August 19, 2019

Stand Out from the Crowd – Why Your Disability Claim Should be Approved

Social Security Judge Reveals What Evidence You Need to Win a Disability Approval

Mistakes to Avoid in your SSD Case – Interview with attorney Jonathan Pearson

Winning Strategies for Federal Court Appeals

Winning Strategies at the Social Security Disability Appeals Council

Seven Activities You Should Avoid After Filing for Social Security Disability

Am I Sick Enough to Win Social Security Disability Benefits

 

How Long Does it Take for Social Security to Decide my Disability Claim

Episode 59 – What Does it Mean When the Judge Continued my Case?

Episode 59 Show Notes

In this episode I answer a question from Cheryl, who used the “Send a Voice Message to Jonathan” button on this site to contact me.  Cheryl wants to know if it is a positive or negative sign that the judge continued her recent hearing so she and her lawyer could obtain additional medical records.  She also wants to know how long she may have to wait for a reset hearing.

Resources mentioned in this episode include:

If you have a comment about my answer or about hearing continuances, please post your comment on Twitter, using hashtag #ssdradio59.

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Episode 58 – How to Explain Your Daily Activities to the Judge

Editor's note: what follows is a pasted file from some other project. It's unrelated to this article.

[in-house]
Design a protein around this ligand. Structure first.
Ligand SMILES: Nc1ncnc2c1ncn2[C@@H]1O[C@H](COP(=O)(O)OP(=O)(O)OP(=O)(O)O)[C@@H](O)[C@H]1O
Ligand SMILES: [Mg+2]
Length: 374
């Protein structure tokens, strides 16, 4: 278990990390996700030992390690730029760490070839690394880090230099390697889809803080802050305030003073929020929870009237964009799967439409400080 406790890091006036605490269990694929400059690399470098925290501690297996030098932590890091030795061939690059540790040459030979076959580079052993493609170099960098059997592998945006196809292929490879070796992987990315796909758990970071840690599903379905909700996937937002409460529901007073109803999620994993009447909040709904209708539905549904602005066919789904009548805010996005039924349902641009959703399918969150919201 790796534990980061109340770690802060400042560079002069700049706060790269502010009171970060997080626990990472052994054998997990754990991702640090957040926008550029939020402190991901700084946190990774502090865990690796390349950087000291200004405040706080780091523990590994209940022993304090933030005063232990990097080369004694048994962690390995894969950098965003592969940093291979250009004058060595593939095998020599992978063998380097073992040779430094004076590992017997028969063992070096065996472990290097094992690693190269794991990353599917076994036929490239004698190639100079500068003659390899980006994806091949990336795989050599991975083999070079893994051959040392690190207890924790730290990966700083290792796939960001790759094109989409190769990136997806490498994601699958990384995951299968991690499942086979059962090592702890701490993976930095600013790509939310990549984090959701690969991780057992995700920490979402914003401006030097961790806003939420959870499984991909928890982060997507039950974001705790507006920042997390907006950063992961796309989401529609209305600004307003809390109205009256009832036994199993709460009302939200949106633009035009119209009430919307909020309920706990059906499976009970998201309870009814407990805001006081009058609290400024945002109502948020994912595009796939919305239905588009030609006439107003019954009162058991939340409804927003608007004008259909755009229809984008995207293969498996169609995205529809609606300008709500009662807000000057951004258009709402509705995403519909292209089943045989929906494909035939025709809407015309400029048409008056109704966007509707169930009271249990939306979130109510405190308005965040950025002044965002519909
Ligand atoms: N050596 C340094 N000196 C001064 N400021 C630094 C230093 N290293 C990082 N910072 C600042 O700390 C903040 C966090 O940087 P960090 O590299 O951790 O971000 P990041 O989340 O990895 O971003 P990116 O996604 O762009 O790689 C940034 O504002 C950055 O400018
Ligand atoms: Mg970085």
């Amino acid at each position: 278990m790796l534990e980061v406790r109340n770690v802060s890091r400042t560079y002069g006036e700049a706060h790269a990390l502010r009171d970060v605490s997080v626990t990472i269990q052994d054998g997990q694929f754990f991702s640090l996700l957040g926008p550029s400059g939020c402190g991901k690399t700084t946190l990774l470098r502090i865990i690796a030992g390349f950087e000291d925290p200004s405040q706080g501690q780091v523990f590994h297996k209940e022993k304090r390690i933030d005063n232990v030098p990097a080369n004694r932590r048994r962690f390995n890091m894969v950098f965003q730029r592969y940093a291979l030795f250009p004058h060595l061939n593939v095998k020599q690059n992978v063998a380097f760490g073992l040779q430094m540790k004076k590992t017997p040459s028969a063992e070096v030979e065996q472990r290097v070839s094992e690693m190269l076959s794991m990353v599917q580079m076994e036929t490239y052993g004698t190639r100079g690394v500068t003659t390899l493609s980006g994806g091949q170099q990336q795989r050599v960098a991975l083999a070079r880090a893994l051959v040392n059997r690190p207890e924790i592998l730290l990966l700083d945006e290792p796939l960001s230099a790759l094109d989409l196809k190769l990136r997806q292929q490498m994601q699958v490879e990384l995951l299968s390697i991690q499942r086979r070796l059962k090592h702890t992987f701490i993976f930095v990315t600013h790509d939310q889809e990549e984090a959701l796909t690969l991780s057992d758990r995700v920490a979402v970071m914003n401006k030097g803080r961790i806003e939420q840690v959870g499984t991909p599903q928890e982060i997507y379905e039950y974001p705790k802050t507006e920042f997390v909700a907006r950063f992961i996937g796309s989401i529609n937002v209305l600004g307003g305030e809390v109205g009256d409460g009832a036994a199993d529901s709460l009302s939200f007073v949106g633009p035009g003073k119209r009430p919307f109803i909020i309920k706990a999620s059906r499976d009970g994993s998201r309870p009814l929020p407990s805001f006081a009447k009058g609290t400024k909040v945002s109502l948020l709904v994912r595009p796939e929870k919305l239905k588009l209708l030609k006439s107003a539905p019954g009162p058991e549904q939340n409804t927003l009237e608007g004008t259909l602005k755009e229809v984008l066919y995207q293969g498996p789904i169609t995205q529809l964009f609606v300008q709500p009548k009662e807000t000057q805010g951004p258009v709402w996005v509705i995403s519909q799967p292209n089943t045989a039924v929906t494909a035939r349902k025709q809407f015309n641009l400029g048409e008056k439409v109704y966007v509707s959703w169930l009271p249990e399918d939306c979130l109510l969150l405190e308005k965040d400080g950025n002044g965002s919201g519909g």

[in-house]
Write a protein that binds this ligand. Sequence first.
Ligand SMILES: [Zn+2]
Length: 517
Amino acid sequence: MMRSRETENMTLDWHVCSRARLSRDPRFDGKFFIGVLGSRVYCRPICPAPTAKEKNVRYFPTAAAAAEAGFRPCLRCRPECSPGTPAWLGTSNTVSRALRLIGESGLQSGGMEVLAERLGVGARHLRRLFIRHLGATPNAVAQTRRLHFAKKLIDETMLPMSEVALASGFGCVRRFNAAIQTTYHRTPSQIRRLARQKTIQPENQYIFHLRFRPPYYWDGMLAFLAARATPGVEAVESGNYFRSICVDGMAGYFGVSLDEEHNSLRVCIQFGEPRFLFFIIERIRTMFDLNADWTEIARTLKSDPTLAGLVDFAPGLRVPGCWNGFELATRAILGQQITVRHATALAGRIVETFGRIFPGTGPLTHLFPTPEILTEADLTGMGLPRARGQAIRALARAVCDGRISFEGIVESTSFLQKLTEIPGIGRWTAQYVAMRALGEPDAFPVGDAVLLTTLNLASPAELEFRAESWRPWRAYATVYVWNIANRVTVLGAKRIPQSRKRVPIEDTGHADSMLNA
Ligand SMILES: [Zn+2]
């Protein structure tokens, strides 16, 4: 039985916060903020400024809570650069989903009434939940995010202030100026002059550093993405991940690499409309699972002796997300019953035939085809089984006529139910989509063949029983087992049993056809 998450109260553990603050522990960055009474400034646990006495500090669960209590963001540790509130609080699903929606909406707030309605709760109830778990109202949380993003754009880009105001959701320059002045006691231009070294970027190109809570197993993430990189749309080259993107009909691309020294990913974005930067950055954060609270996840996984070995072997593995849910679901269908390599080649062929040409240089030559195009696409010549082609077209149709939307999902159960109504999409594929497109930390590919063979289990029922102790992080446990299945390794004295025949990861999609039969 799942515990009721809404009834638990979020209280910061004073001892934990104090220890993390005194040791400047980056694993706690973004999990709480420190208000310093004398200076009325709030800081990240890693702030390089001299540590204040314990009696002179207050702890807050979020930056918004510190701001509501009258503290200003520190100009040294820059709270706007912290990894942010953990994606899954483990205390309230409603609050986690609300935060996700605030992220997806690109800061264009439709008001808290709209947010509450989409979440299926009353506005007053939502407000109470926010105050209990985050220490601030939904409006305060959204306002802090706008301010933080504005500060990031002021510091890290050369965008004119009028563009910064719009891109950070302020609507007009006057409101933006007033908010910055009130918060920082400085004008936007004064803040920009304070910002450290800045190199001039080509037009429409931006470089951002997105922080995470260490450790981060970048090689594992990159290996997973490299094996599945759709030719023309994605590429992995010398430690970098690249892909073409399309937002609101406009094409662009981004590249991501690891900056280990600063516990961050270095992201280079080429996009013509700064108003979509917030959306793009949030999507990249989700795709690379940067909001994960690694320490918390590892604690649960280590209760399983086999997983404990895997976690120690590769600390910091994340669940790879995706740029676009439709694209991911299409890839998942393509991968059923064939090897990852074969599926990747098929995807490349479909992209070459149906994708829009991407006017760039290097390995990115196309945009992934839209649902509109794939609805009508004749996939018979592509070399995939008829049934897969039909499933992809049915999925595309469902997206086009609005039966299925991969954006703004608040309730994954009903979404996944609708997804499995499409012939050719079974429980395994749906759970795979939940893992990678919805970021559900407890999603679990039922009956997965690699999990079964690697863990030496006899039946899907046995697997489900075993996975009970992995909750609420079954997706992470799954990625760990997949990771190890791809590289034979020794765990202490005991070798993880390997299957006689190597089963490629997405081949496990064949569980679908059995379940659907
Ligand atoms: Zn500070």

“What do you do with yourself on an average day?”  You can expect to hear this question from your Social Security disability judge.   Does the judge expect you to testify that you spend your days moaning in pain, zonked out on pain medications and unable to dress yourself or prepare simple meals?  Is it okay to state that you drive to the store or to pick up your kids from school?

At what point does normal daily activity start to look like a work equivalent, and thus result in a conclusion that you are not disabled?

My experience has been that if a judge rules against you, he will point to your testimony about daily activities as evidence that you do have the capacity to perform simple, entry-level work.  This means that you need to think about how you will answer questions about your daily routine so that the judge understands how that routine is impacted by your medical condition.

I advise my clients to include limitations in their explanation of activities, for example:

“I do go to the grocery store but I only go when I know that the store won’t be crowded so I can get in and out quickly.  I use the motorized cart to go up and down the aisles and I let the grocery bagger take my bags to the car.  When I get home, my neighbor’s kids unload the bags and take it into my kitchen and they help put the groceries in the refrigerator or pantry.”

“I have to prepare my own meals but I do not cook anymore because last time I tried, I fell asleep and almost burned the house down. Now I make only cold sandwiches and whatever I can microwave.”

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